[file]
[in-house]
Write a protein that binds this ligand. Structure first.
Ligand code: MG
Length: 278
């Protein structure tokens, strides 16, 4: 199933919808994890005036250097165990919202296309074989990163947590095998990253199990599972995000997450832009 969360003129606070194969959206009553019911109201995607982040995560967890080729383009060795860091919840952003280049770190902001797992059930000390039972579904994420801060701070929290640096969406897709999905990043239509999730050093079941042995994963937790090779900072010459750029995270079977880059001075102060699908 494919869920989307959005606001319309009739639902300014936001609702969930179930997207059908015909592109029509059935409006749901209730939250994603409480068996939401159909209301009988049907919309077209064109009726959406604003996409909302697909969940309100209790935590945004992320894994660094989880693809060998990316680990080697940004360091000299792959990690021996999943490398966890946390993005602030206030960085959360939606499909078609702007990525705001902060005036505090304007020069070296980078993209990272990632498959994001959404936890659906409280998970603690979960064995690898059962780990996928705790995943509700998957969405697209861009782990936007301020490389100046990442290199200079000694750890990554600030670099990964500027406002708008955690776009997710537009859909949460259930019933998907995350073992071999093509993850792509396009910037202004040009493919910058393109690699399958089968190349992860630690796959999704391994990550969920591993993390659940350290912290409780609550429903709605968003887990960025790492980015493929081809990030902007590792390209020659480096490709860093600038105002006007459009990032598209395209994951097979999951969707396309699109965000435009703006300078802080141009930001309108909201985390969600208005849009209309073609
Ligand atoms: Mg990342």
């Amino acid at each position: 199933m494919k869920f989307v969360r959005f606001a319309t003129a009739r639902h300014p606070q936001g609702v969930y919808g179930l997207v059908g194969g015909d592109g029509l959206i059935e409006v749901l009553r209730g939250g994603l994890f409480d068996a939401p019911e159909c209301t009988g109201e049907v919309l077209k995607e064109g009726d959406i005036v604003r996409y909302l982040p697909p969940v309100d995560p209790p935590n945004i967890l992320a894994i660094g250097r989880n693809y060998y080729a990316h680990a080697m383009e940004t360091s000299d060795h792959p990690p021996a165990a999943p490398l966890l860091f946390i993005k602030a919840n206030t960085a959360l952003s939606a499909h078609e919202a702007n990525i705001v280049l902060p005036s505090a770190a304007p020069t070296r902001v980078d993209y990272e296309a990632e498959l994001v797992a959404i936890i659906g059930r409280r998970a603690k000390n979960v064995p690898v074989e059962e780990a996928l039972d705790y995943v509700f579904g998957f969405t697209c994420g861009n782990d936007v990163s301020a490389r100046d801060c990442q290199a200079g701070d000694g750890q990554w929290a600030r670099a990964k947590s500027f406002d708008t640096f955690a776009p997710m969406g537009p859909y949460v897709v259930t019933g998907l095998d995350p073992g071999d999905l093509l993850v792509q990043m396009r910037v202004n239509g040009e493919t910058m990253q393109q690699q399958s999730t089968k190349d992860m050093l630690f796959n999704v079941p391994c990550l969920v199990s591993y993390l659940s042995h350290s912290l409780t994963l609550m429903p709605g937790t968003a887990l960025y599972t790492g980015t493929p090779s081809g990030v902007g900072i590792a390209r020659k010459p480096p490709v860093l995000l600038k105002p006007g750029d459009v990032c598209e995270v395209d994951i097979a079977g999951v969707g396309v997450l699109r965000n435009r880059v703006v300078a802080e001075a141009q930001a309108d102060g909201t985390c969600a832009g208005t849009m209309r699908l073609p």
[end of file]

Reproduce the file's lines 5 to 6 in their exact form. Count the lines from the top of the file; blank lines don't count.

């Protein structure tokens, strides 16, 4: 199933919808994890005036250097165990919202296309074989990163947590095998990253199990599972995000997450832009 969360003129606070194969959206009553019911109201995607982040995560967890080729383009060795860091919840952003280049770190902001797992059930000390039972579904994420801060701070929290640096969406897709999905990043239509999730050093079941042995994963937790090779900072010459750029995270079977880059001075102060699908 494919869920989307959005606001319309009739639902300014936001609702969930179930997207059908015909592109029509059935409006749901209730939250994603409480068996939401159909209301009988049907919309077209064109009726959406604003996409909302697909969940309100209790935590945004992320894994660094989880693809060998990316680990080697940004360091000299792959990690021996999943490398966890946390993005602030206030960085959360939606499909078609702007990525705001902060005036505090304007020069070296980078993209990272990632498959994001959404936890659906409280998970603690979960064995690898059962780990996928705790995943509700998957969405697209861009782990936007301020490389100046990442290199200079000694750890990554600030670099990964500027406002708008955690776009997710537009859909949460259930019933998907995350073992071999093509993850792509396009910037202004040009493919910058393109690699399958089968190349992860630690796959999704391994990550969920591993993390659940350290912290409780609550429903709605968003887990960025790492980015493929081809990030902007590792390209020659480096490709860093600038105002006007459009990032598209395209994951097979999951969707396309699109965000435009703006300078802080141009930001309108909201985390969600208005849009209309073609
Ligand atoms: Mg990342």